Known for his standup and comedic roles like 2017’s “The Big Sick,” Nanjiani wasn’t ready to take on the dramatic leading role of Chippendales founder Somen “Steve” Banerjee when creator Rob Siegel first approached him. But Nanjiani’s comedy career prepared him perfectly for the savvy megalomaniac behind this storied club.
“I used to do a lot of sketches on a show called ‘Portlandia,’ and I always played a guy who was like king of a very small kingdom — he really loved power over it,” Nanjiani told IndieWire via Zoom. “That’s a big aspect of Steve; he’s the king of a very small kingdom, Chippendales, and it’s very important to him that everybody know he is the king, he’s the boss.”
Then there was the “Twilight Zone” episode for Jordan Peele’s 2019 reboot, where Nanjiani played a standup comedian who develops potent superpowers. “It was the first time I played someone who had that kind of power and was using it for evil, so the feeling of playing that was something that really stuck with me,” he recalled. “When ‘Chippendales’ came along, I was like, okay, it’s basically about tapping into that kind of dark inner feeling again, even though the characters on paper are very different.”
The roles prepped Nanjiani almost uncannily; Banerjee’s obsession with power grows throughout the series and his years running Chippendales, and the darkness buried inside him creeps slowly toward the surface until it finally breaks through. And at the end of the day, the Chippendales founder is just…kind of awkward, which Nanjiani played in his recurring role on “Franklin & Bash.”
“I played a very nerdy, nervous, agoraphobic lawyer,” Nanjiani said. “So a little bit of his awkwardness, a little bit of the small tyrant from ‘Portlandia’ and a little bit of the darkness from ‘The Twilight Zone.’ I didn’t know where this character was going to end up, but I knew that those three pieces could somehow be a part of this.”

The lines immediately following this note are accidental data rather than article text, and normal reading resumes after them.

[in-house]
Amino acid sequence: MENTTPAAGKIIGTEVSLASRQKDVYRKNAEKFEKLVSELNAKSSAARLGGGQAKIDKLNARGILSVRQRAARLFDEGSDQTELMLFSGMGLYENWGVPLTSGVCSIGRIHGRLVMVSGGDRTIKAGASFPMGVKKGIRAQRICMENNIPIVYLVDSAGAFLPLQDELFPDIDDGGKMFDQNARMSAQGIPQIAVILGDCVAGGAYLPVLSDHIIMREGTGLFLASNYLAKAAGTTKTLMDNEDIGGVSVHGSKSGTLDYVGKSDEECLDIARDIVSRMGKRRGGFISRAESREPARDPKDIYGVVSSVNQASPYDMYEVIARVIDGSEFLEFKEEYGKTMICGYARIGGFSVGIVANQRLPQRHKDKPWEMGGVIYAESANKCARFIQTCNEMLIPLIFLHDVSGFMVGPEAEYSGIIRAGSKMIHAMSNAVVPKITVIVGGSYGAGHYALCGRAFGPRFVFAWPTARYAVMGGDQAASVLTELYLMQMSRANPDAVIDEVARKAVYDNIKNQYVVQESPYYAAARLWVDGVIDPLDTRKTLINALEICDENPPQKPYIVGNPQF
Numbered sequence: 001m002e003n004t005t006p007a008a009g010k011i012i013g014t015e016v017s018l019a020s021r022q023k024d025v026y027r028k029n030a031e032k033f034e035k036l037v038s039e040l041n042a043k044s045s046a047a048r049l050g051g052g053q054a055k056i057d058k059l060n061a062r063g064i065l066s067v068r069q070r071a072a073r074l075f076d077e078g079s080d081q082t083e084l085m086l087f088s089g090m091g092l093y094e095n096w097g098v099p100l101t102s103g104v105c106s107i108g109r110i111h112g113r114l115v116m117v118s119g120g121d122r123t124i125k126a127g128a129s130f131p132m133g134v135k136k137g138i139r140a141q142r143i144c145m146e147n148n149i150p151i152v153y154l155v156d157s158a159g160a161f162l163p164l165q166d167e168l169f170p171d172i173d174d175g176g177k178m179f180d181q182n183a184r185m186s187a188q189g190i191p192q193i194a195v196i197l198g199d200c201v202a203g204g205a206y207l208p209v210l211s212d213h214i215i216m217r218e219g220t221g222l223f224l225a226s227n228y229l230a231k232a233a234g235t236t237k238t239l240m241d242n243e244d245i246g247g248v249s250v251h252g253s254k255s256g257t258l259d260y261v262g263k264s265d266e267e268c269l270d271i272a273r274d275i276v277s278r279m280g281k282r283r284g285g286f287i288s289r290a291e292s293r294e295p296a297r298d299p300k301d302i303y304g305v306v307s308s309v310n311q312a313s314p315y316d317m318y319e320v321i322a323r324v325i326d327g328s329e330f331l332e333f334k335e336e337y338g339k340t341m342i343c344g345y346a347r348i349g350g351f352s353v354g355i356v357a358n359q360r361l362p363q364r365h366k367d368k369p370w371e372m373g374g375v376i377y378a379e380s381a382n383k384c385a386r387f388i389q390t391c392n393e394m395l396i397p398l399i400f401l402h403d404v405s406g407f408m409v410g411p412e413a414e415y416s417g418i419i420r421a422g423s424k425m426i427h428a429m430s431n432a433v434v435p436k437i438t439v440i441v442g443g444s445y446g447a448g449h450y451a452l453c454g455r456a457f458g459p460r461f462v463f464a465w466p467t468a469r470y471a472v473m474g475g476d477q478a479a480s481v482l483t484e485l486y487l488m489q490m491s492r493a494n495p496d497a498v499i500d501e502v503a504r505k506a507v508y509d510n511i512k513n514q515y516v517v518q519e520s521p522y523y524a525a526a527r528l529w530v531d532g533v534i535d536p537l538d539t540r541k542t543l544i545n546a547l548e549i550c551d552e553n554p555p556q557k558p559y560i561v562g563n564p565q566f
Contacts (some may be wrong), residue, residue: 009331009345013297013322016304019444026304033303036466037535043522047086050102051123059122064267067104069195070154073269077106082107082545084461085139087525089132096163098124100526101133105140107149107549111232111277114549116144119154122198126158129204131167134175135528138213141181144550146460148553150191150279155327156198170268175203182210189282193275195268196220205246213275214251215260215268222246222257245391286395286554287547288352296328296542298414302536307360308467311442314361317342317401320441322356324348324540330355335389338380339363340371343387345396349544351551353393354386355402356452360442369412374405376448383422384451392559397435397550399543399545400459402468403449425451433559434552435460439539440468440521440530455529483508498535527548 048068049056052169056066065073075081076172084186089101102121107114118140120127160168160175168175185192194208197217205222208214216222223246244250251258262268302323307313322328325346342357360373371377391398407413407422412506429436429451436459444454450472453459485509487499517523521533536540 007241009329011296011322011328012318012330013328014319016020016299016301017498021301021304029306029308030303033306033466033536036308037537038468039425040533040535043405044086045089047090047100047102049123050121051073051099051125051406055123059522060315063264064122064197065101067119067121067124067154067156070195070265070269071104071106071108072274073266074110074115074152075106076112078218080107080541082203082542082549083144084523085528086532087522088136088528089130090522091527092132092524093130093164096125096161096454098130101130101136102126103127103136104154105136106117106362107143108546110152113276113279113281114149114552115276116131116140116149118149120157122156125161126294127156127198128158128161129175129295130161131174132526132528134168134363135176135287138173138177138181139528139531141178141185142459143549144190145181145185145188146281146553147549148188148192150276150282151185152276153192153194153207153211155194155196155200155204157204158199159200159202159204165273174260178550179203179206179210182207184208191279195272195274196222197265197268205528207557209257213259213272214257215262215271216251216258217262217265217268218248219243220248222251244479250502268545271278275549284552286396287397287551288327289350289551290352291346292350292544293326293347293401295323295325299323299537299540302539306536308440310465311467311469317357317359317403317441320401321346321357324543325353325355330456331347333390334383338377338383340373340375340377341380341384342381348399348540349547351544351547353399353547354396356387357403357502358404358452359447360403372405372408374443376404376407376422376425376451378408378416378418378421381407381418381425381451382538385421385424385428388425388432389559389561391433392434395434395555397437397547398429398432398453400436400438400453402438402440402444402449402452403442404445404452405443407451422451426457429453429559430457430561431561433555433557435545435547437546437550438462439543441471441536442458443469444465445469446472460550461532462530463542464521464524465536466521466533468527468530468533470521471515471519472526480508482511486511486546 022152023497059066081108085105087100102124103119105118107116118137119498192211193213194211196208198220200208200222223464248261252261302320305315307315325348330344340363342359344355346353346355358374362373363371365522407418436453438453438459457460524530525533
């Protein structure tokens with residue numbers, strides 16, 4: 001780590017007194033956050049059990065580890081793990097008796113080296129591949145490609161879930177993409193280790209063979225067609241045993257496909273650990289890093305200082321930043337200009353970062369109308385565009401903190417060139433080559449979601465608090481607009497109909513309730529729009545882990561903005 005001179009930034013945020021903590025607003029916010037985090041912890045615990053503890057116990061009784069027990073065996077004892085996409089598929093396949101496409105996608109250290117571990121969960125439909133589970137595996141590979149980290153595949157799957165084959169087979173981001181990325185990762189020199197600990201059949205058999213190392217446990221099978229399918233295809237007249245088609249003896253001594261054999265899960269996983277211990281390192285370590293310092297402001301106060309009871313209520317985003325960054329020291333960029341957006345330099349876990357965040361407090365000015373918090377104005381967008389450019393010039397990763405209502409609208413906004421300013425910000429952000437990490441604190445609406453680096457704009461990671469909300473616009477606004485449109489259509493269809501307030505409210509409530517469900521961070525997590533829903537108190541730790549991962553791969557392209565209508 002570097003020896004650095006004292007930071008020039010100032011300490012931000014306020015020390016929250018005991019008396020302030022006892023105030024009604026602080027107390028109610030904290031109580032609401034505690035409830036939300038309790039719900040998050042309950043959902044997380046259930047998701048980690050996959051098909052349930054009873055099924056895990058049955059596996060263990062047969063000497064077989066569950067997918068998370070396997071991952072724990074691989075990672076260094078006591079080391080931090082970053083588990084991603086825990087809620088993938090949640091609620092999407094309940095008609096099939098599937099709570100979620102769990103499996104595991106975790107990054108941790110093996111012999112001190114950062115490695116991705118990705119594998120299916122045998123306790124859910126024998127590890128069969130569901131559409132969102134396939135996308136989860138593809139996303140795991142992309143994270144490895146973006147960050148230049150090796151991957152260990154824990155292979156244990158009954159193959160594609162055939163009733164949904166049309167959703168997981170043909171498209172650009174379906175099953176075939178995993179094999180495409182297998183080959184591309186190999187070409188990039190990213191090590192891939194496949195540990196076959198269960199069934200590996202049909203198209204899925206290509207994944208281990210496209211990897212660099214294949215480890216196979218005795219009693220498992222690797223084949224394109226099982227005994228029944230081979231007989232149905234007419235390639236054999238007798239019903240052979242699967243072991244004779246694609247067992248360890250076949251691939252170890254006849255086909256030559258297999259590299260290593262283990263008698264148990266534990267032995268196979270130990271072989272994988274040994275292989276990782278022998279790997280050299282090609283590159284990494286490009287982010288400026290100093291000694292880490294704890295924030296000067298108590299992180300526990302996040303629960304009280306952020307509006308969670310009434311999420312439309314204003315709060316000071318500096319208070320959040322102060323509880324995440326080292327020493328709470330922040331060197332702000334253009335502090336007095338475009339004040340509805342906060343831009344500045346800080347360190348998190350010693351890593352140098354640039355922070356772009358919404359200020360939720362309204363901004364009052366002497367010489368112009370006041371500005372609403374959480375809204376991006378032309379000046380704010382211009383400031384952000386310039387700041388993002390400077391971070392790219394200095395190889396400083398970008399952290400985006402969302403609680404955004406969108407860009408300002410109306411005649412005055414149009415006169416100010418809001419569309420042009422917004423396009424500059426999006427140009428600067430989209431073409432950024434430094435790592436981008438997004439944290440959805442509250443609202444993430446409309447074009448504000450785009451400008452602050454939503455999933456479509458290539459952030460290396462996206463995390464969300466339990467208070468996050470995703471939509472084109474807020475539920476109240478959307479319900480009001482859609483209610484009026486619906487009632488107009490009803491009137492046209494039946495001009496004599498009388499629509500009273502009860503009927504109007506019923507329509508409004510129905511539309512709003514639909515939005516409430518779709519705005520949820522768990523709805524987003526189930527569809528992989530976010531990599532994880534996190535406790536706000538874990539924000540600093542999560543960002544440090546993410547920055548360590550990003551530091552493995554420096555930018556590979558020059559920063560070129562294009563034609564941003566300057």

“Welcome to Chippendales” tells the incredible true story of how the eponymous male strip club started, and how Banerjee teamed up with choreographer Nick De Noia (Murray Bartlett) and they spent close to a decade butting heads and dodging scandal. Ahead of the series premiere on Hulu, Nanjiani talked about getting involved with the project, moving from comedy to drama, and his not-so-conflicted feelings about Banerjee now that the series is wrapped.
This interview has been edited for length and clarity.
IndieWire: How familiar were you with the story before you joined the project?
Kumail Nanjiani: I didn’t know anything about it. I only heard of it through the project. I knew what Chippendales was, but I had no idea all the sordid stuff behind it.
And then how did you get involved initially?
Right after “The Big Sick” came out in 2017, Rob Siegel had written a movie script of this. He contacted me like, “I have the story of the guy who created Chippendales, and I want you to star in it.” I loved the script, but I didn’t feel ready to do it. [Last year, it became a miniseries instead.] I had a bunch more conversations with him, and then one day he was like, “I’m just going to tell you what the whole show is.” He talked me through episode-by-episode, all the stuff that happened; my jaw was on the floor. I couldn’t believe that all this really happened, and by the end of his pitch, I was like, I have no choice but to do this.